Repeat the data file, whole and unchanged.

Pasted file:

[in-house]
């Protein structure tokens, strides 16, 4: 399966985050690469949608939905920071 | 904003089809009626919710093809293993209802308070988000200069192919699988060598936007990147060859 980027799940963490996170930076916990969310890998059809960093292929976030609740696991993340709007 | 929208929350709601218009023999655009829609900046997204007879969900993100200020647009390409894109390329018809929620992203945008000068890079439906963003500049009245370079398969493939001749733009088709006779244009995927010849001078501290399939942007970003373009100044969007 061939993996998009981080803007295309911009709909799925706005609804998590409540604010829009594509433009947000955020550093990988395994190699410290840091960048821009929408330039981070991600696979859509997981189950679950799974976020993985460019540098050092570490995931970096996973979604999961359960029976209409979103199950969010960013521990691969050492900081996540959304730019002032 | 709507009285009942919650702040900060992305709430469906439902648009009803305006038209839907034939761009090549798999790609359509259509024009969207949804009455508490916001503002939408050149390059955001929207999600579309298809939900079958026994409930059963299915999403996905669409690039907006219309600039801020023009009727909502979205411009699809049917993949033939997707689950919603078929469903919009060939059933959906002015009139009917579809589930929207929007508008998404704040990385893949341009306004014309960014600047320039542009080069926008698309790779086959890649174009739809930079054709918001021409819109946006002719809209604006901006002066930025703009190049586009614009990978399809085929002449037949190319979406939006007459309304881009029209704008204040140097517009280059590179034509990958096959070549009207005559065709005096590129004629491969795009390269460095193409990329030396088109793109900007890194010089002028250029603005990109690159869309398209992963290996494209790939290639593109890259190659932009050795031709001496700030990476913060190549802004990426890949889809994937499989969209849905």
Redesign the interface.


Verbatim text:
[in-house]
């Protein structure tokens, strides 16, 4: 399966985050690469949608939905920071 | 904003089809009626919710093809293993209802308070988000200069192919699988060598936007990147060859 980027799940963490996170930076916990969310890998059809960093292929976030609740696991993340709007 | 929208929350709601218009023999655009829609900046997204007879969900993100200020647009390409894109390329018809929620992203945008000068890079439906963003500049009245370079398969493939001749733009088709006779244009995927010849001078501290399939942007970003373009100044969007 061939993996998009981080803007295309911009709909799925706005609804998590409540604010829009594509433009947000955020550093990988395994190699410290840091960048821009929408330039981070991600696979859509997981189950679950799974976020993985460019540098050092570490995931970096996973979604999961359960029976209409979103199950969010960013521990691969050492900081996540959304730019002032 | 709507009285009942919650702040900060992305709430469906439902648009009803305006038209839907034939761009090549798999790609359509259509024009969207949804009455508490916001503002939408050149390059955001929207999600579309298809939900079958026994409930059963299915999403996905669409690039907006219309600039801020023009009727909502979205411009699809049917993949033939997707689950919603078929469903919009060939059933959906002015009139009917579809589930929207929007508008998404704040990385893949341009306004014309960014600047320039542009080069926008698309790779086959890649174009739809930079054709918001021409819109946006002719809209604006901006002066930025703009190049586009614009990978399809085929002449037949190319979406939006007459309304881009029209704008204040140097517009280059590179034509990958096959070549009207005559065709005096590129004629491969795009390269460095193409990329030396088109793109900007890194010089002028250029603005990109690159869309398209992963290996494209790939290639593109890259190659932009050795031709001496700030990476913060190549802004990426890949889809994937499989969209849905």
Redesign the interface.